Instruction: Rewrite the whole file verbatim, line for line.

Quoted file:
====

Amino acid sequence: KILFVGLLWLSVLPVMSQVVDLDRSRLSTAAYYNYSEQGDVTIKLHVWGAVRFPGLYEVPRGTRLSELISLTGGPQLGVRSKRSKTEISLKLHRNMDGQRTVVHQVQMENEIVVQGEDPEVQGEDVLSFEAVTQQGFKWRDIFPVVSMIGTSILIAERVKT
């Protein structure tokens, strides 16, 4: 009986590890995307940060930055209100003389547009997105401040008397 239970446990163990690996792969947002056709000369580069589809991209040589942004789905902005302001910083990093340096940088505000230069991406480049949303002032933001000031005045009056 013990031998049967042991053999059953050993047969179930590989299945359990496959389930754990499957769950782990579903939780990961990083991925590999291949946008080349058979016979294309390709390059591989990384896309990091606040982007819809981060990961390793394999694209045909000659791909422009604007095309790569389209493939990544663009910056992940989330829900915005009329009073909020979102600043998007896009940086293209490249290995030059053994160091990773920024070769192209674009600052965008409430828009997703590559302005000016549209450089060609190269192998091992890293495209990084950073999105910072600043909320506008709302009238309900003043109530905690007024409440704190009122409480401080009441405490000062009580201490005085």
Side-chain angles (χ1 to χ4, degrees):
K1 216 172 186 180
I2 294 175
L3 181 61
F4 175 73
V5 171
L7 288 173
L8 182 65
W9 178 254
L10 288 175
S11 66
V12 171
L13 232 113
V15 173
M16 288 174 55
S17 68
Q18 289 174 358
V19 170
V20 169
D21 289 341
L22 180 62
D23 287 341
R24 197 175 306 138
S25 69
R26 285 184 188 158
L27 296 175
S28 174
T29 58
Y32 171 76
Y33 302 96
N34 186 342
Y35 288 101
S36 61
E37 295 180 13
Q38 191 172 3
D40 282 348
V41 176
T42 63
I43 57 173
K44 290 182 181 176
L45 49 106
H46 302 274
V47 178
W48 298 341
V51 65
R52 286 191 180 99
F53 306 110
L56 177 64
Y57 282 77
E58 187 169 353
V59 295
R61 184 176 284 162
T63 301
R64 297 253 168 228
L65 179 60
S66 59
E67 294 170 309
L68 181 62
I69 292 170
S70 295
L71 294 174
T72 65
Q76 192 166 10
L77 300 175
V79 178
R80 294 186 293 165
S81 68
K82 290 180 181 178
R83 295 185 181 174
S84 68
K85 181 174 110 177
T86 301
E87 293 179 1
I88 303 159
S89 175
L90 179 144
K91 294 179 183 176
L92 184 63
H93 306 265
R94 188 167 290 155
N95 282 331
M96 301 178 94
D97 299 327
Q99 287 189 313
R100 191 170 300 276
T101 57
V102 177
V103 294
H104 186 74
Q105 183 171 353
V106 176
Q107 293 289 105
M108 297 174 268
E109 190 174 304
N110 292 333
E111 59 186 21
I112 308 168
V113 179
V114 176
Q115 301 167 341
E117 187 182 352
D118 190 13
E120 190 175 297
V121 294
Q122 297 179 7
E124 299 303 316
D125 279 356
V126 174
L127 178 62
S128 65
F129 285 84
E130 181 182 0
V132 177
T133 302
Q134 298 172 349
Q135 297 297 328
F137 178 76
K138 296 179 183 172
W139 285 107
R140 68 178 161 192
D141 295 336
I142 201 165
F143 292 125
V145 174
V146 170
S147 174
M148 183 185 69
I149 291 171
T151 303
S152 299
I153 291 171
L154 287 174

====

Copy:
Amino acid sequence: KILFVGLLWLSVLPVMSQVVDLDRSRLSTAAYYNYSEQGDVTIKLHVWGAVRFPGLYEVPRGTRLSELISLTGGPQLGVRSKRSKTEISLKLHRNMDGQRTVVHQVQMENEIVVQGEDPEVQGEDVLSFEAVTQQGFKWRDIFPVVSMIGTSILIAERVKT
């Protein structure tokens, strides 16, 4: 009986590890995307940060930055209100003389547009997105401040008397 239970446990163990690996792969947002056709000369580069589809991209040589942004789905902005302001910083990093340096940088505000230069991406480049949303002032933001000031005045009056 013990031998049967042991053999059953050993047969179930590989299945359990496959389930754990499957769950782990579903939780990961990083991925590999291949946008080349058979016979294309390709390059591989990384896309990091606040982007819809981060990961390793394999694209045909000659791909422009604007095309790569389209493939990544663009910056992940989330829900915005009329009073909020979102600043998007896009940086293209490249290995030059053994160091990773920024070769192209674009600052965008409430828009997703590559302005000016549209450089060609190269192998091992890293495209990084950073999105910072600043909320506008709302009238309900003043109530905690007024409440704190009122409480401080009441405490000062009580201490005085």
Side-chain angles (χ1 to χ4, degrees):
K1 216 172 186 180
I2 294 175
L3 181 61
F4 175 73
V5 171
L7 288 173
L8 182 65
W9 178 254
L10 288 175
S11 66
V12 171
L13 232 113
V15 173
M16 288 174 55
S17 68
Q18 289 174 358
V19 170
V20 169
D21 289 341
L22 180 62
D23 287 341
R24 197 175 306 138
S25 69
R26 285 184 188 158
L27 296 175
S28 174
T29 58
Y32 171 76
Y33 302 96
N34 186 342
Y35 288 101
S36 61
E37 295 180 13
Q38 191 172 3
D40 282 348
V41 176
T42 63
I43 57 173
K44 290 182 181 176
L45 49 106
H46 302 274
V47 178
W48 298 341
V51 65
R52 286 191 180 99
F53 306 110
L56 177 64
Y57 282 77
E58 187 169 353
V59 295
R61 184 176 284 162
T63 301
R64 297 253 168 228
L65 179 60
S66 59
E67 294 170 309
L68 181 62
I69 292 170
S70 295
L71 294 174
T72 65
Q76 192 166 10
L77 300 175
V79 178
R80 294 186 293 165
S81 68
K82 290 180 181 178
R83 295 185 181 174
S84 68
K85 181 174 110 177
T86 301
E87 293 179 1
I88 303 159
S89 175
L90 179 144
K91 294 179 183 176
L92 184 63
H93 306 265
R94 188 167 290 155
N95 282 331
M96 301 178 94
D97 299 327
Q99 287 189 313
R100 191 170 300 276
T101 57
V102 177
V103 294
H104 186 74
Q105 183 171 353
V106 176
Q107 293 289 105
M108 297 174 268
E109 190 174 304
N110 292 333
E111 59 186 21
I112 308 168
V113 179
V114 176
Q115 301 167 341
E117 187 182 352
D118 190 13
E120 190 175 297
V121 294
Q122 297 179 7
E124 299 303 316
D125 279 356
V126 174
L127 178 62
S128 65
F129 285 84
E130 181 182 0
V132 177
T133 302
Q134 298 172 349
Q135 297 297 328
F137 178 76
K138 296 179 183 172
W139 285 107
R140 68 178 161 192
D141 295 336
I142 201 165
F143 292 125
V145 174
V146 170
S147 174
M148 183 185 69
I149 291 171
T151 303
S152 299
I153 291 171
L154 287 174